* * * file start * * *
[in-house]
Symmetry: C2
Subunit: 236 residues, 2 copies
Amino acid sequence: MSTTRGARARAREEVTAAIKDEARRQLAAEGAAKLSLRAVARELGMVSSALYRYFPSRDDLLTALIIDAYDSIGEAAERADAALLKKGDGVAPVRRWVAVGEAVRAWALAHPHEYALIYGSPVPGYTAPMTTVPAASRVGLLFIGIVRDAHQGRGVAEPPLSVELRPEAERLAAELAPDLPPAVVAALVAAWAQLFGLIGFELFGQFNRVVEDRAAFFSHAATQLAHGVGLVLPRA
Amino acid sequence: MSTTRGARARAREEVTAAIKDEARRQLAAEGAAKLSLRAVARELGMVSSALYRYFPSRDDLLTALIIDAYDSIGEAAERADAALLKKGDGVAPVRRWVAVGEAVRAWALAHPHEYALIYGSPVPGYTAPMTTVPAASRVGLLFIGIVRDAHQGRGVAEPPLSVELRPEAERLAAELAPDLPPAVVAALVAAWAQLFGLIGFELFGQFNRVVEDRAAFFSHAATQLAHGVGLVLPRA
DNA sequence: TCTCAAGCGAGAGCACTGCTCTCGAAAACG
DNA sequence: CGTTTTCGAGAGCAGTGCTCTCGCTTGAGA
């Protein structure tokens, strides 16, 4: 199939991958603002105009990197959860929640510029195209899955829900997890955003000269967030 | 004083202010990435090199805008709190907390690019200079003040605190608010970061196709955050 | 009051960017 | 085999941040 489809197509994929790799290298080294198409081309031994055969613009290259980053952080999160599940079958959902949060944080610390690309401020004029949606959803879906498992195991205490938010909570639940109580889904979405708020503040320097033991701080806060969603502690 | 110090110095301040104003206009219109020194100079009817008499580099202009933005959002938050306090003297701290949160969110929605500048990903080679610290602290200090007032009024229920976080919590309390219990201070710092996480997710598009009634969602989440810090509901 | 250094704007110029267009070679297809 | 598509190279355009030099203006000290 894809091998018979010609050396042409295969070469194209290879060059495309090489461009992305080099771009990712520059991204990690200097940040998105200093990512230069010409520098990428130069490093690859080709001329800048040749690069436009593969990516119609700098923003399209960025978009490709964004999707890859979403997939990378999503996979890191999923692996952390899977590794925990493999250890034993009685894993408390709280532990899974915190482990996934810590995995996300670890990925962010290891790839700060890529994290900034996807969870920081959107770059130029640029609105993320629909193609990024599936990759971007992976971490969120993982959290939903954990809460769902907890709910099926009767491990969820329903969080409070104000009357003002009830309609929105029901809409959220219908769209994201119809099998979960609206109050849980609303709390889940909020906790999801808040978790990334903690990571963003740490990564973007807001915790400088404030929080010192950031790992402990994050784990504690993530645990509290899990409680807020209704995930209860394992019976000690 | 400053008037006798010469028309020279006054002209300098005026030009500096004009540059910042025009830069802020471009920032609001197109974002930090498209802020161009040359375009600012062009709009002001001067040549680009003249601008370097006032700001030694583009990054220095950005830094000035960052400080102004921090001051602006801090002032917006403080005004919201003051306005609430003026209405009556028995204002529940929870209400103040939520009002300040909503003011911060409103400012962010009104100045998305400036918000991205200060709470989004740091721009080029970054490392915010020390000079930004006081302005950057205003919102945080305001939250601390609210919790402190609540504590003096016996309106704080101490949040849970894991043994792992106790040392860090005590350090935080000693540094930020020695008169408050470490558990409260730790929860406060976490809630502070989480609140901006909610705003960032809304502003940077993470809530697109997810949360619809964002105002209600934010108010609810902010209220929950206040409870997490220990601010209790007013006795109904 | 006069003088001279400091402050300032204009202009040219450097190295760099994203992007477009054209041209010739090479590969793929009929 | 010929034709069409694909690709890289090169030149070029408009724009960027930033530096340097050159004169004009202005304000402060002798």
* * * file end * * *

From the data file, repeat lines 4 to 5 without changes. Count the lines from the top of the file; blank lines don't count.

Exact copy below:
Amino acid sequence: MSTTRGARARAREEVTAAIKDEARRQLAAEGAAKLSLRAVARELGMVSSALYRYFPSRDDLLTALIIDAYDSIGEAAERADAALLKKGDGVAPVRRWVAVGEAVRAWALAHPHEYALIYGSPVPGYTAPMTTVPAASRVGLLFIGIVRDAHQGRGVAEPPLSVELRPEAERLAAELAPDLPPAVVAALVAAWAQLFGLIGFELFGQFNRVVEDRAAFFSHAATQLAHGVGLVLPRA
Amino acid sequence: MSTTRGARARAREEVTAAIKDEARRQLAAEGAAKLSLRAVARELGMVSSALYRYFPSRDDLLTALIIDAYDSIGEAAERADAALLKKGDGVAPVRRWVAVGEAVRAWALAHPHEYALIYGSPVPGYTAPMTTVPAASRVGLLFIGIVRDAHQGRGVAEPPLSVELRPEAERLAAELAPDLPPAVVAALVAAWAQLFGLIGFELFGQFNRVVEDRAAFFSHAATQLAHGVGLVLPRA